Do it now, I assume its relatively bare? I like that they have a little time to figure out where to send the spring energy, rather than be interrupted by cutting after the rise has begun and the energy is wasted by having been sent to points that get removed.
Basically a newly planted rose, has already to some extent been pruned. So, apart from perhaps tidying up any damaged ends, leave for a season. Then begin to shape the plant. So yes, now is a good time to start pruning.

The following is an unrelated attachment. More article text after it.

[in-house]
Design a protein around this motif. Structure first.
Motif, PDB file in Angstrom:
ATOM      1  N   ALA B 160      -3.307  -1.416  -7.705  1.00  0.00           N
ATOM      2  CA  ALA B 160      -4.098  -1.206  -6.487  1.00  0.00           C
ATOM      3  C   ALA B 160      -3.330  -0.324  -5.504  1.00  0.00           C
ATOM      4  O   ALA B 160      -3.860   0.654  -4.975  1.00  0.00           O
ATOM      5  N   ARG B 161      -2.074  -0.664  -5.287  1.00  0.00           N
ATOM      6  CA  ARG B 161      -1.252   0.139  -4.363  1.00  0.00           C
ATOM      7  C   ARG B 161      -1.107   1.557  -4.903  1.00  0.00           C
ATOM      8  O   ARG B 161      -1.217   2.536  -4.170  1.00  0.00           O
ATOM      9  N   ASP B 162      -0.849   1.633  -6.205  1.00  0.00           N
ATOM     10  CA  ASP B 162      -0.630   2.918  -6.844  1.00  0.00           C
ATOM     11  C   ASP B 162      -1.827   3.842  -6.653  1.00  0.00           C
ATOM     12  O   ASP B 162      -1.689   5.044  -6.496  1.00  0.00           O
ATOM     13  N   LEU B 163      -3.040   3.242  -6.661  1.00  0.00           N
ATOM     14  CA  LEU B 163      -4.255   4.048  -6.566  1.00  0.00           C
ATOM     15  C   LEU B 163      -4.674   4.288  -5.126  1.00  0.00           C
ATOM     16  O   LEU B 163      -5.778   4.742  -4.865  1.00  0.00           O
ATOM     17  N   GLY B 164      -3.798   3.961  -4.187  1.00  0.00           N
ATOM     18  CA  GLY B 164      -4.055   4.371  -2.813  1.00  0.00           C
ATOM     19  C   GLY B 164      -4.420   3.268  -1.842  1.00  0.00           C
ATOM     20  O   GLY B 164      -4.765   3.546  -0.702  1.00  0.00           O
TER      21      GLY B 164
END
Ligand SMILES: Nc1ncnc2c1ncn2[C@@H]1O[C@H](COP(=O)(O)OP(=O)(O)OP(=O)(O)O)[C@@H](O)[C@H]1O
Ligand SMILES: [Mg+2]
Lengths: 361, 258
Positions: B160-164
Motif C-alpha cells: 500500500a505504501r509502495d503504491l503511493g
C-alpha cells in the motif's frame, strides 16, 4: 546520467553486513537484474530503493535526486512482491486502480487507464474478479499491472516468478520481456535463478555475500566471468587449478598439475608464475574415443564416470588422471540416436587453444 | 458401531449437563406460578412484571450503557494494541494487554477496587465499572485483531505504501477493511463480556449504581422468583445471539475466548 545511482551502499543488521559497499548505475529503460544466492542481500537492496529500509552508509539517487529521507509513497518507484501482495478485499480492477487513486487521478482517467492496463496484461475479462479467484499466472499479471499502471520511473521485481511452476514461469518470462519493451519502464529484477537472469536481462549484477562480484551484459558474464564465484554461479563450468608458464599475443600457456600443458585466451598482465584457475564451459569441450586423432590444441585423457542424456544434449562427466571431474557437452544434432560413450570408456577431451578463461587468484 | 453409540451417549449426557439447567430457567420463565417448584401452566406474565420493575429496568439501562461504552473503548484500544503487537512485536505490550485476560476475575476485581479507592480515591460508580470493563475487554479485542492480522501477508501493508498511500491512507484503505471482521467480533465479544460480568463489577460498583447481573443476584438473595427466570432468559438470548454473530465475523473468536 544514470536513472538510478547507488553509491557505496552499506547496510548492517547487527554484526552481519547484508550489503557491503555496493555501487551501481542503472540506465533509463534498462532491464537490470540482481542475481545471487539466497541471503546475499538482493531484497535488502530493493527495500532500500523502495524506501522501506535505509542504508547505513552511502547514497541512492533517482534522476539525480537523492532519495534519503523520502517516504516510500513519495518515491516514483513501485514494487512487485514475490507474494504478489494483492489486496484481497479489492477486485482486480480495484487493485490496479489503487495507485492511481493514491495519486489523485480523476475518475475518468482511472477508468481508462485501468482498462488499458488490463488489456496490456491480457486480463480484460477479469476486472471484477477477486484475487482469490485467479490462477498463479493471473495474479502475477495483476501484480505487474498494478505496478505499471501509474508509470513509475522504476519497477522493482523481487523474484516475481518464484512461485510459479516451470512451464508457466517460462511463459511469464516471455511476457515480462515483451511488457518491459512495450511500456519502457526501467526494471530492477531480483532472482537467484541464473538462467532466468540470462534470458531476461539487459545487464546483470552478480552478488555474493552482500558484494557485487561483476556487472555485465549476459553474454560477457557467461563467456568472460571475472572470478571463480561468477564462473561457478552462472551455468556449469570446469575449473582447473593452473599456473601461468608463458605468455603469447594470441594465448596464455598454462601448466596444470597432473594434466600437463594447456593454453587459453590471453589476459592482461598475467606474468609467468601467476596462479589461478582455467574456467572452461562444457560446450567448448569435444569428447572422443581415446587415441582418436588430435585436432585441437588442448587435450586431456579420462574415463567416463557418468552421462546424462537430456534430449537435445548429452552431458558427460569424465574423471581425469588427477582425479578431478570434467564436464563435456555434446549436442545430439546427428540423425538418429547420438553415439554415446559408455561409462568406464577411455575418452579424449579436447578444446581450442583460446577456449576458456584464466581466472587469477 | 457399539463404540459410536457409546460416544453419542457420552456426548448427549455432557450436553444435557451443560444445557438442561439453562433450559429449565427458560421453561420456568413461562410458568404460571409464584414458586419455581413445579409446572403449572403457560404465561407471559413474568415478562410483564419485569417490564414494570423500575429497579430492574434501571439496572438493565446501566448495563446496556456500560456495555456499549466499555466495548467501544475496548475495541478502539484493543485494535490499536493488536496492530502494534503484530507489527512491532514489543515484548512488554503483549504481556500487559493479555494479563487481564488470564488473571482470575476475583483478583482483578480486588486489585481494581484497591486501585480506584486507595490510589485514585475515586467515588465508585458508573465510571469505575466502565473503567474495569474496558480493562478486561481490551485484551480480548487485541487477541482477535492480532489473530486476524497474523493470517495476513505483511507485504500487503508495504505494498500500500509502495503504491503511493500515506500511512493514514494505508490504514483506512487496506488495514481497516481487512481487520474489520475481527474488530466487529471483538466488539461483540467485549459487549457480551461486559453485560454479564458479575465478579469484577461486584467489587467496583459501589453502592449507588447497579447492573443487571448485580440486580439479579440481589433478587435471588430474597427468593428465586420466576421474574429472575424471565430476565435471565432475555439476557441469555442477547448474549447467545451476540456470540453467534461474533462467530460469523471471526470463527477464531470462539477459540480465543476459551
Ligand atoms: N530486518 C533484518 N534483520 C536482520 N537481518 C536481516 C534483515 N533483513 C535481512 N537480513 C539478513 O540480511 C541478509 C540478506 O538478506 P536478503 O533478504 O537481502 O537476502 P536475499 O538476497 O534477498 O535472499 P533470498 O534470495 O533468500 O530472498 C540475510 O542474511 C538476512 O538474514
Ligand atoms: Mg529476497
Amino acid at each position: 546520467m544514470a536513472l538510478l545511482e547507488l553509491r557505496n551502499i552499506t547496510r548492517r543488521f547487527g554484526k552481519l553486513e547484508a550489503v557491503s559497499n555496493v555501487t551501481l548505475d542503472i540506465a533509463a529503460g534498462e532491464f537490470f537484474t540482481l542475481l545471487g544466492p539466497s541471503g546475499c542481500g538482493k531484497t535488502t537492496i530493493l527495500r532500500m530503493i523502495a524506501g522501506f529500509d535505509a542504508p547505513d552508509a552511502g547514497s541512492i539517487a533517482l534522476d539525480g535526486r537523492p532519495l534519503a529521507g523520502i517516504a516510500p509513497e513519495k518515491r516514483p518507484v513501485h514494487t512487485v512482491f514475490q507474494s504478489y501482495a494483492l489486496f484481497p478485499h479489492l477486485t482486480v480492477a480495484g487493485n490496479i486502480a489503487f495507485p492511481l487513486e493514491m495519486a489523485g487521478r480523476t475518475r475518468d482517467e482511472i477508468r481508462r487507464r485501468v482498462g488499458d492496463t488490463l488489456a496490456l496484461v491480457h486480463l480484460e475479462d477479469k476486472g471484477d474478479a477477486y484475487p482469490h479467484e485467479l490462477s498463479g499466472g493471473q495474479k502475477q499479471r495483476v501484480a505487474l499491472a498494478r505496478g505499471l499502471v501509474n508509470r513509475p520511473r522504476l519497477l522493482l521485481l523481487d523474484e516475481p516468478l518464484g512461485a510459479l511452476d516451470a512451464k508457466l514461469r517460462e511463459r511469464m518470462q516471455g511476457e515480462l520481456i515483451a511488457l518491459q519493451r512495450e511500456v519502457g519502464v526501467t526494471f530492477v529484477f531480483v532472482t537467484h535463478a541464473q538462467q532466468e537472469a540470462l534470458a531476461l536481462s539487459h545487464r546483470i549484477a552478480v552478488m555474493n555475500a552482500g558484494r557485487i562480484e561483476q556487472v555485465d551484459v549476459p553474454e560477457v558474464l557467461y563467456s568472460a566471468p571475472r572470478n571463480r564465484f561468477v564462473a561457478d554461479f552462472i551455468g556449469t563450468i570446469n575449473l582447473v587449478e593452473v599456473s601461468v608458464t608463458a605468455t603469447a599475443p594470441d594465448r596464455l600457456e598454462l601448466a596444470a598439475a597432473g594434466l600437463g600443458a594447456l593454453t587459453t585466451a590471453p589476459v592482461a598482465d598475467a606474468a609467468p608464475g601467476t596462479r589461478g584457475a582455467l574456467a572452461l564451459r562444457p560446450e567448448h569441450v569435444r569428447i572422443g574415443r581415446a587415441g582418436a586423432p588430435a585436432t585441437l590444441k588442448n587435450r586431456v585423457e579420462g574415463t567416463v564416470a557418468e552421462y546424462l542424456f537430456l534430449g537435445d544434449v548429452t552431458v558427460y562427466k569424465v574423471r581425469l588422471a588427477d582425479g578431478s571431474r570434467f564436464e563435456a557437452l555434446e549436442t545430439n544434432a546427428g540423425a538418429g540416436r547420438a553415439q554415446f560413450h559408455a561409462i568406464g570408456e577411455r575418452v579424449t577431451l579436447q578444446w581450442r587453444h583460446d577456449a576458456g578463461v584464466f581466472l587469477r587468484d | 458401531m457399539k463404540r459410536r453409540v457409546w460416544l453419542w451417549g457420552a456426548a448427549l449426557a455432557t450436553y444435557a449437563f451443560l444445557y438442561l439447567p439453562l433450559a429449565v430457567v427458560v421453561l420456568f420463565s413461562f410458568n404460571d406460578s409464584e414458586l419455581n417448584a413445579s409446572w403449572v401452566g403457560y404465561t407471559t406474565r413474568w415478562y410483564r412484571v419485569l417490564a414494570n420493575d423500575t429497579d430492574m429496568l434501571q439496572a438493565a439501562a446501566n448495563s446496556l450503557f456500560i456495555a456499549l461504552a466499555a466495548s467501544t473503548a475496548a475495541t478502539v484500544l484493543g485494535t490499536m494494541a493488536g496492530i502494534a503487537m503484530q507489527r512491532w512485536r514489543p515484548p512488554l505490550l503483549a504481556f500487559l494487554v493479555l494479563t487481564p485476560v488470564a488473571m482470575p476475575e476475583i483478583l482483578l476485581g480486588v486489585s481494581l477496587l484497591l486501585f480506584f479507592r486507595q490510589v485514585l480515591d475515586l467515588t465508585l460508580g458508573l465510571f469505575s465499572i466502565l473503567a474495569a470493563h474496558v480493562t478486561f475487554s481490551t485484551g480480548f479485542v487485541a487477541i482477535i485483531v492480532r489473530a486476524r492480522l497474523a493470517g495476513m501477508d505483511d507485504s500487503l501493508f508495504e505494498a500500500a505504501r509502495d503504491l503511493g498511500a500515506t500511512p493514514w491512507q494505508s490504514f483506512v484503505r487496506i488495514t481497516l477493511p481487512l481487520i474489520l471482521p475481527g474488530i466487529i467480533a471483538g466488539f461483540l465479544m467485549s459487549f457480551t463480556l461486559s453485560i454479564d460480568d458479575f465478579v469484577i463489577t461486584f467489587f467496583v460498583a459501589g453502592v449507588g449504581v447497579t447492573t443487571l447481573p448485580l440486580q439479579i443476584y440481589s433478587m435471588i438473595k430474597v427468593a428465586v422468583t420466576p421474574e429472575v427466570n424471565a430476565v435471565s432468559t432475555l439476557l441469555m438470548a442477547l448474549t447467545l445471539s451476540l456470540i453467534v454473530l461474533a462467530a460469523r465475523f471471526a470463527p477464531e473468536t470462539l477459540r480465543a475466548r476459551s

Its a good opportunity to study how to prune a plant open, controling the crosses and other details, then sit back and watch them explode. If they are not vigorous as spring springs, immediately suspect drainage and soil issues and move to remedy the problem.